Fads come and go. However, in the world of free open access medical education (#FOAMed), some favorite topics have stood the test of time. For example, FOAMed loves to talk about ketamine, managing the difficult airway, and, for some reason, magnesium. People seem to love the idea that magnesium, a humble group 2 alkaline Earth metal, might possibly be an effective treatment for so many different medical conditions.
Recently on our podcast, we reviewed the evidence for using magnesium for rate control in atrial fibrillation, pain relief in migraine headaches, and symptom control for asthma exacerbations. Let’s take a look at some of the data we considered.
A recent randomized, double-blind, placebo-controlled trial conducted in Tunisia assessed the efficacy of intravenous magnesium sulfate as an adjunct for rate control in patients with rapid atrial fibrillation.1 Patients who presented to the emergency department in rapid atrial fibrillation (rates greater than 120 beats per minute) received any rate control agent chosen by the treating physician. They were randomized to additionally receive either IV magnesium (either a low or a high dose) or a similar amount of IV fluid as placebo. The results? Magnesium seems to have helped achieve a heart rate of <90 beats per minute (or a 20 percent decrease from the initial rate) at four hours. Both the low and high doses of IV magnesium (4.5 g and 9 g) were effective, but the low dose was less likely to cause side effects such as flushing or bradycardia; hypotension was exceedingly rare.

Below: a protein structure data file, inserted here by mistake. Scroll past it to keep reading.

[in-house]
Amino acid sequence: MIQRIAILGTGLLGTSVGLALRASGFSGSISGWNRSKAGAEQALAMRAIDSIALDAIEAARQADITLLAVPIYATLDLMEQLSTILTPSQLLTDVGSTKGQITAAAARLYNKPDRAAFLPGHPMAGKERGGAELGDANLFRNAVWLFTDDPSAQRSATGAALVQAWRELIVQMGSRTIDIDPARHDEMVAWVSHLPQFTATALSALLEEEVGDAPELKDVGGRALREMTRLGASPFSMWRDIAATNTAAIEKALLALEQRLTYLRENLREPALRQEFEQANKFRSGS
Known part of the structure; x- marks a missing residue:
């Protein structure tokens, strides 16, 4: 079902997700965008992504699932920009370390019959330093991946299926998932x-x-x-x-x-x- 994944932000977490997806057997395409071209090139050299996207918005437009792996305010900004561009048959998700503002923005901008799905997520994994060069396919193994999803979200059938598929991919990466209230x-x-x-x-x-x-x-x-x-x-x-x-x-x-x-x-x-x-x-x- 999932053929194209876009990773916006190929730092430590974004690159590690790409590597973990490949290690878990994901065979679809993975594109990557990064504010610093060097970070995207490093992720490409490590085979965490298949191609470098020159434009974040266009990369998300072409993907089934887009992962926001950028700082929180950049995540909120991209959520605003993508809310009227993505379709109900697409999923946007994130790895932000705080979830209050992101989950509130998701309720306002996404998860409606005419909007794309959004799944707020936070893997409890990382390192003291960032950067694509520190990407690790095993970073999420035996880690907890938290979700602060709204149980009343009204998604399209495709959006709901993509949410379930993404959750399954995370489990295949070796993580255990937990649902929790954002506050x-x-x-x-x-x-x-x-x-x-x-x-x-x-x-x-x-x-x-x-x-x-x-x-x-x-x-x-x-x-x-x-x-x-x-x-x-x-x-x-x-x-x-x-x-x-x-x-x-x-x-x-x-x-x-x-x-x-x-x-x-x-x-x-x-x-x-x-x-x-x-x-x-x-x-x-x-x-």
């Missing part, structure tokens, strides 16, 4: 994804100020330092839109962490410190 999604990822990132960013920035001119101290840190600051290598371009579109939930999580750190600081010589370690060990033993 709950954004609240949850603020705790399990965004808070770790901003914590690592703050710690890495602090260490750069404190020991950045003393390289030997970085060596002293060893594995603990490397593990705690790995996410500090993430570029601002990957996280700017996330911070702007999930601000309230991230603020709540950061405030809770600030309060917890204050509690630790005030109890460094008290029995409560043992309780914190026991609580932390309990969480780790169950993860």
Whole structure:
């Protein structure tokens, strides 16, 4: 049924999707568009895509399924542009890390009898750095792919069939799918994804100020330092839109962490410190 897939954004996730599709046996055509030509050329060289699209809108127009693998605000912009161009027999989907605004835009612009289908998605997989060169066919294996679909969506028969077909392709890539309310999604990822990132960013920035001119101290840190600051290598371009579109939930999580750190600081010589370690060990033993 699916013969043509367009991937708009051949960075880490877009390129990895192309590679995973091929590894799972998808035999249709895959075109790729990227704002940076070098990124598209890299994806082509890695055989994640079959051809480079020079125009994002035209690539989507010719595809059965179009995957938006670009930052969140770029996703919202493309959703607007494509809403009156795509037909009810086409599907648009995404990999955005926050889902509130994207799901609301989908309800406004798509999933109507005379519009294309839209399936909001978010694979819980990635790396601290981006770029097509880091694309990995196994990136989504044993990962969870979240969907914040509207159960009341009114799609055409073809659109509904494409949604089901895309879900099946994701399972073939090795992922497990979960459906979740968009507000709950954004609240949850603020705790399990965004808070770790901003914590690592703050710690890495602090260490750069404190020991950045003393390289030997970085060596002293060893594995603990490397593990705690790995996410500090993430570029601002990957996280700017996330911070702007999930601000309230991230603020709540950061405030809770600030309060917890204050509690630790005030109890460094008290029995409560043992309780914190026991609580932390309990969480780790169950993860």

However, there are some caveats to consider. Most of all, this trial does not reflect the traditional practice pattern in the United States. The most common rate control agent used in the trial was digoxin. That meant that the average time to rate control in the group that received digoxin alone (the placebo arm) was around 8.5 hours. Today, when using calcium channel blockers like diltiazem or beta blockers like metoprolol, we expect rate control far sooner. While some patients in this study did receive atrioventricular nodal blockers that more closely reflect common practice in the United States, the data for that subset were not shown in the paper.
Interestingly, the authors claim that the results in that subset also favored magnesium as an adjunct. We would call this a soft win for magnesium, but we would love to see a trial that mainly uses beta blockers or calcium channel blockers as opposed to digoxin.